Bess Wallace Truman Family Papers Opened for Research
Opening includes Truman ledger (1945-53) and newly declassified documents
FEBRUARY 13, 2009 — The Harry S. Truman Library and Museum has today opened for research documents from the Bess Wallace Truman family. The opening – scheduled to coincide with the 124th birthday of the former First Lady – includes the papers of Madge Gates Wallace (Bess’s mother), George Porterfield Gates (Bess’s maternal grandfather), and Fred Wallace (the youngest of Bess’s three brothers). The more than 23,000 pages of material provide valuable new insights into Bess Truman’s roots and into life in Independence, Missouri during the late nineteenth and early twentieth centuries.
The Family Papers of Bess Wallace Truman
The papers of Madge Gates Wallace (1862-1952) contain nearly 1,600 pages of material dating approximately from 1857 to 1952. Born Margaret Elizabeth Gates, Madge Wallace was the oldest of seven children. She was graduated from the Independence Female College in 1881 and married David Willock Wallace in 1883. The couple had four surviving children, of whom Bess was the eldest. After the tragic death of Bess’s father in 1903, Madge Wallace moved her family from their home in Independence, Missouri at 608 North Delaware Street to her grandparents’ home at 219 North Delaware Street. In 1919, newlyweds Harry and Bess moved into upstairs quarters of the home, residing with Madge Wallace until her death in 1952. Noteworthy materials in the Madge Gates Wallace Papers include a 1924 letter from Bess Wallace’s grandmother, Elizabeth Gates, to her daughter Madge about the birth of Harry and Bess’s newborn, and then-unnamed, daughter (Margaret Truman). In addition, the papers include a poem written by Madge’s grandmother on the occasion of her sixteenth birthday (see attachment).
Bess Wallace’s maternal grandfather, George Porterfield Gates (1835-1918), moved to Independence, Missouri in 1866, and, with William Waggoner, organized the Waggoner-Gates Milling Company, producer of Queen of the Pantry flour. His papers contain correspondence, financial materials, printed materials, legal records, and other material concerning Gates’s family and various business interests. The collection contains about 17,600 pages of material dating approximately from 1855-1917. Of particular note is the earliest known example of Bess Wallace’s handwriting (see attachment).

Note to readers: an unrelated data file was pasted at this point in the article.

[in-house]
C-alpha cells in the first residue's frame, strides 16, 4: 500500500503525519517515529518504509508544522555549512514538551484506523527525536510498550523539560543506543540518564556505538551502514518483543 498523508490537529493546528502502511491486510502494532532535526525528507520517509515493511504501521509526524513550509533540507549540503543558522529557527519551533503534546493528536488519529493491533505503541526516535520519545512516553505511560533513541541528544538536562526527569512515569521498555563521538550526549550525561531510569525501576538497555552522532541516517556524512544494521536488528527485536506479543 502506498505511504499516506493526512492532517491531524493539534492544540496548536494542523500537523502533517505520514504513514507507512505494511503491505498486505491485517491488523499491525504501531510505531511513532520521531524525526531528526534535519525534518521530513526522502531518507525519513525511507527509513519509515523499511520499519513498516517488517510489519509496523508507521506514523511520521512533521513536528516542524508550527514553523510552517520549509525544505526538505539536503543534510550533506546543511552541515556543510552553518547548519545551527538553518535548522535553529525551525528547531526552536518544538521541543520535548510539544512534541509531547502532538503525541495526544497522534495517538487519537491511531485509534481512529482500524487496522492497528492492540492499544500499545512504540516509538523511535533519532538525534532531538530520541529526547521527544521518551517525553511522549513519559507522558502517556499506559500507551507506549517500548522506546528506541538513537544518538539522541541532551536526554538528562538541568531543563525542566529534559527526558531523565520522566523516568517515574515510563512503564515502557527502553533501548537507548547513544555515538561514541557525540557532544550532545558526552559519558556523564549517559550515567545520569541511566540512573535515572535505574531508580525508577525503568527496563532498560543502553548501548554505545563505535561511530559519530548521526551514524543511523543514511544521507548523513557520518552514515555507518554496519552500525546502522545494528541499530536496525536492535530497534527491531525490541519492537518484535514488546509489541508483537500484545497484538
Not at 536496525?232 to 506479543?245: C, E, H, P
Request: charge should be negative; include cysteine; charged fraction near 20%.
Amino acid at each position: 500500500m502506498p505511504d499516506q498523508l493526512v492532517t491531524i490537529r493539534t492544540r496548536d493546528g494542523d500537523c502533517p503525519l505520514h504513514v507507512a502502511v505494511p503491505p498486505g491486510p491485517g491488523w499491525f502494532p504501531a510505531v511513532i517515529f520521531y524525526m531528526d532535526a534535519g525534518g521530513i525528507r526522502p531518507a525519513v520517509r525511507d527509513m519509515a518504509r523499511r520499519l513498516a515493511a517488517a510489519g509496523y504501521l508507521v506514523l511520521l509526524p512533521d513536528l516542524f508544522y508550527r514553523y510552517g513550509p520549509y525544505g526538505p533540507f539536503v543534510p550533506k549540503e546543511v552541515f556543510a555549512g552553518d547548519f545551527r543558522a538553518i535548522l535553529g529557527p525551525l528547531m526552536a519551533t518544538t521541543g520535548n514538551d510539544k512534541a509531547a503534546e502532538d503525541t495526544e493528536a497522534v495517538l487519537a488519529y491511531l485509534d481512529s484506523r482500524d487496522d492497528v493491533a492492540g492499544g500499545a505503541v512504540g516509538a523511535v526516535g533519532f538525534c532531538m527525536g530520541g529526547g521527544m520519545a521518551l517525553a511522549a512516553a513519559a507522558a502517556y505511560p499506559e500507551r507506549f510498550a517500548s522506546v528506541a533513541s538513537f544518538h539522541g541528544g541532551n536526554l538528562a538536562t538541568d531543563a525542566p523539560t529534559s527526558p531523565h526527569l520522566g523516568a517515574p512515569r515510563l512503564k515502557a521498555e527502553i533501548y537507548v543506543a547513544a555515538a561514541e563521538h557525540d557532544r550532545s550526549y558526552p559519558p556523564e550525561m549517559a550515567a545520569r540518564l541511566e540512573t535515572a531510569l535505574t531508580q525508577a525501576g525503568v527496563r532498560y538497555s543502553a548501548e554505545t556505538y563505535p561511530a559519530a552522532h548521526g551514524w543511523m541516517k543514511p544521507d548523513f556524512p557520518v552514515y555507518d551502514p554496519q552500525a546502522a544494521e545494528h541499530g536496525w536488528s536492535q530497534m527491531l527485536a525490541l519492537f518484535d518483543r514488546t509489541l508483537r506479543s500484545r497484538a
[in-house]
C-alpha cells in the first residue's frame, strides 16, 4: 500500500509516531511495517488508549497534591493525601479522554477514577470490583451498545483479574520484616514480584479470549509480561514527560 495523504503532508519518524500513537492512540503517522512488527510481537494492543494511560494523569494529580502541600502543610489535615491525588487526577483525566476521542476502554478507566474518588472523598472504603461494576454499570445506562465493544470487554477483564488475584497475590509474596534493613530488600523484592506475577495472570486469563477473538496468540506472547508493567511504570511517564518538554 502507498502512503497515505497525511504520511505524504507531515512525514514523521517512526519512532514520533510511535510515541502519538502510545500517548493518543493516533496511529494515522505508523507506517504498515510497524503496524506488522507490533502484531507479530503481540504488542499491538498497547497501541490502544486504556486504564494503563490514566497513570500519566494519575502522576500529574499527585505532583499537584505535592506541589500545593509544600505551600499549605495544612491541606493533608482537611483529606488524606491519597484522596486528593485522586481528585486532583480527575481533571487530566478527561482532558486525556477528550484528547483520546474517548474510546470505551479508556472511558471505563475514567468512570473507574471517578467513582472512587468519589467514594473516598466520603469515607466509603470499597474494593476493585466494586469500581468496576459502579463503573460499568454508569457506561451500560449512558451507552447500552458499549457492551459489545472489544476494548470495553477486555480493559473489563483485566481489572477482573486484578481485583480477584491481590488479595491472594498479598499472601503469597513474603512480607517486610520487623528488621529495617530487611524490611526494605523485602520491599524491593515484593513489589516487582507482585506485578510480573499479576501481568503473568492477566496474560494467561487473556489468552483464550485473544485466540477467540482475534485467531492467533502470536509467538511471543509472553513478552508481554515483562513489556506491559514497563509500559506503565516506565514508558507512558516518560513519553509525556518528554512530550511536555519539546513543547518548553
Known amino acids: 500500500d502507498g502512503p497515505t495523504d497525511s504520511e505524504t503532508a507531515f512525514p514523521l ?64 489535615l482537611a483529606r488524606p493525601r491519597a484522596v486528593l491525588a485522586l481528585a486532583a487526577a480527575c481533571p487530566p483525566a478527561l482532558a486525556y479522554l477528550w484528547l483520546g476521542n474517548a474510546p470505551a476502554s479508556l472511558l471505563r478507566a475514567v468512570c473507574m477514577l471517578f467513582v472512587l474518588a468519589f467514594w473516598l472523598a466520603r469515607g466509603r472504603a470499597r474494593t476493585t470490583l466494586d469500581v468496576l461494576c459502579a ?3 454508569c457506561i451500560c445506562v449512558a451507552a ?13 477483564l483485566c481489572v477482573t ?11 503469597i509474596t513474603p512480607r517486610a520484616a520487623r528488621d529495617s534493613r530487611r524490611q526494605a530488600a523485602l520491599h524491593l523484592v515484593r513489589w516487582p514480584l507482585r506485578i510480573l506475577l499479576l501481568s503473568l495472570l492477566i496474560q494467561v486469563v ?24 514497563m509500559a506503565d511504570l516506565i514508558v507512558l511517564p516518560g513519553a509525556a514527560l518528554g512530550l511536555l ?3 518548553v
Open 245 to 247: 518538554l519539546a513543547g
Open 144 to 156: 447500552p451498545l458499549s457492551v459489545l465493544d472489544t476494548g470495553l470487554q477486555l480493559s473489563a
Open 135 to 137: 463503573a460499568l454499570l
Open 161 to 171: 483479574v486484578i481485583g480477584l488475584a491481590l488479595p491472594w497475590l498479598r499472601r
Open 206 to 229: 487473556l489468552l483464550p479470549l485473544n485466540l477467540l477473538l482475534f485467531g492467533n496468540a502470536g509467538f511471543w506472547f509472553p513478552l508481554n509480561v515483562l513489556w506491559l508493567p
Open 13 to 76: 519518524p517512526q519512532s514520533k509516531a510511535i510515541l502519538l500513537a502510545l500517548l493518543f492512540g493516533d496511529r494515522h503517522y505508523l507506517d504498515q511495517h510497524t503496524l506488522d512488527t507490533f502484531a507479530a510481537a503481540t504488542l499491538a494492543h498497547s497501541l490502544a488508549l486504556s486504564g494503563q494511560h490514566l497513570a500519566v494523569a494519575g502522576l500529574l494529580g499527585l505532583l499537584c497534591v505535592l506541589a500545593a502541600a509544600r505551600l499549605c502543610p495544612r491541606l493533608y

The Fred Wallace Papers include correspondence, financial records, printed materials, and memorabilia primarily relating to Wallace’s personal affairs. The nearly 4,000 pages of material from 1898 to 1954 primarily consist of letters to Wallace from his friend Lillian Tannehill, whom Wallace courted before his marriage to Christine Meyer in 1933; from his mother Madge Gates Wallace; and from other friends and relatives. Included in the collection is a handwritten 1919 letter to Wallace from his future brother-in-law, Harry S. Truman. Fred Wallace (1900-1957) was the youngest of Bess Wallace’s three brothers; trained as an architect, he worked with the architectural firms T. H. Buell and J.C. Nichols before moving to Denver, Colorado in 1943.
Complementing these family documents are about 150 newly released photographs that came into the control of the Truman Library after the passing of Margaret Truman Daniel last year. Included are ancestral photographs of the Gates family, including pictures of Bess Truman’s grandmother and mother, and formal portraits of Harry, Bess and Margaret Truman.
New Truman Materials Opened
The Truman Library also has released approximately 1,200 pages of newly declassified documents, which come from the Papers of Harry Truman, Psychological Strategy Board (PSB) Files. The PSB reported to the National Security Council and was composed of the Under Secretary of State, the Deputy Secretary of Defense, and the Director of Central Intelligence. The PSB’s responsibility was to plan psychological operations and coordinate their implementation by government agencies. The documents opened relate to various subjects, including post-war Germany, East-West trade, the Soviet Union and Eastern bloc countries, the Middle East, and Southeast Asia, as well as PSB program planning and administration. This opening represents the Truman Library’s first release of documents under the Remote Archival Capture project, an interagency initiative to facilitate the declassification of documents in the nation’s federally managed presidential libraries.
Finally, a remarkable gem has been opened to the public, a ledger book containing a record of President Truman’s personal expenses and income during an eight-year span, from 1945 to 1953. The handwritten entries were likely made by one of President Truman’s secretaries, perhaps Rose Conway. A sample page is attached.
Online finding aids for the Madge Gates Wallace Papers, the George Porterfield Gates Papers, the Fred Wallace Papers, and President Truman’s ledger book can be accessed on the Research page of the Truman Library’s website, TrumanLibrary.org, as can a list of the newly declassified PSB documents.
Researchers may schedule a visit to the Research Room of the Harry S. Truman Library and Museum, located at 500 W. U.S. Highway 24, Independence, Mo. The public is welcome free of charge Monday – Friday, 8:45 a.m. – 4:45 p.m.
The Harry S. Truman Library and Museum is one of 13 presidential libraries administered by the National Archives and Records Administration and is supported, in part, by its not-for-profit partner, the Harry S. Truman Library Institute. To learn more, please visit TrumanLibrary.org.
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